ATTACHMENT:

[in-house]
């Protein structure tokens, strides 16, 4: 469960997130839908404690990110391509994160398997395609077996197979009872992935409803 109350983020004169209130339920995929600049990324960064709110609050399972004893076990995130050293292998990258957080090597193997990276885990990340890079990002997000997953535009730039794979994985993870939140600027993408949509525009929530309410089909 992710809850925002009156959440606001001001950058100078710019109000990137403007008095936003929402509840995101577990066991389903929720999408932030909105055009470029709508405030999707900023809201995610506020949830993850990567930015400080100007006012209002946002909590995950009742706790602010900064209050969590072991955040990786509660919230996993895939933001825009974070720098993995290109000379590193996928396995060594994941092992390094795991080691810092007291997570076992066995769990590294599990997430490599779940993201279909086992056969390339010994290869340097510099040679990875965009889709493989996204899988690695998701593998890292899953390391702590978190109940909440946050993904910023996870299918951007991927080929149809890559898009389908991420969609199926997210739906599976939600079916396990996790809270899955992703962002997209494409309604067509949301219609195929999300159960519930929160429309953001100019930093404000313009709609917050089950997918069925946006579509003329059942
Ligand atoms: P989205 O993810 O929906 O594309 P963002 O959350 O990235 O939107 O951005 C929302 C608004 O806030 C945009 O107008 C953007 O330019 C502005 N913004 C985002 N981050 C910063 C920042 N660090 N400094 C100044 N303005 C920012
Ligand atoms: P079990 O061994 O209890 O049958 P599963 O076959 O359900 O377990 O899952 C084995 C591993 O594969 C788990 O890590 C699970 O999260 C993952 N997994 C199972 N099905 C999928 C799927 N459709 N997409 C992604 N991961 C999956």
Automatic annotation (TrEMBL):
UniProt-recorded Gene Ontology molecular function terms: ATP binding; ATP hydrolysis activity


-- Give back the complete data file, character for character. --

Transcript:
[in-house]
């Protein structure tokens, strides 16, 4: 469960997130839908404690990110391509994160398997395609077996197979009872992935409803 109350983020004169209130339920995929600049990324960064709110609050399972004893076990995130050293292998990258957080090597193997990276885990990340890079990002997000997953535009730039794979994985993870939140600027993408949509525009929530309410089909 992710809850925002009156959440606001001001950058100078710019109000990137403007008095936003929402509840995101577990066991389903929720999408932030909105055009470029709508405030999707900023809201995610506020949830993850990567930015400080100007006012209002946002909590995950009742706790602010900064209050969590072991955040990786509660919230996993895939933001825009974070720098993995290109000379590193996928396995060594994941092992390094795991080691810092007291997570076992066995769990590294599990997430490599779940993201279909086992056969390339010994290869340097510099040679990875965009889709493989996204899988690695998701593998890292899953390391702590978190109940909440946050993904910023996870299918951007991927080929149809890559898009389908991420969609199926997210739906599976939600079916396990996790809270899955992703962002997209494409309604067509949301219609195929999300159960519930929160429309953001100019930093404000313009709609917050089950997918069925946006579509003329059942
Ligand atoms: P989205 O993810 O929906 O594309 P963002 O959350 O990235 O939107 O951005 C929302 C608004 O806030 C945009 O107008 C953007 O330019 C502005 N913004 C985002 N981050 C910063 C920042 N660090 N400094 C100044 N303005 C920012
Ligand atoms: P079990 O061994 O209890 O049958 P599963 O076959 O359900 O377990 O899952 C084995 C591993 O594969 C788990 O890590 C699970 O999260 C993952 N997994 C199972 N099905 C999928 C799927 N459709 N997409 C992604 N991961 C999956």
Automatic annotation (TrEMBL):
UniProt-recorded Gene Ontology molecular function terms: ATP binding; ATP hydrolysis activity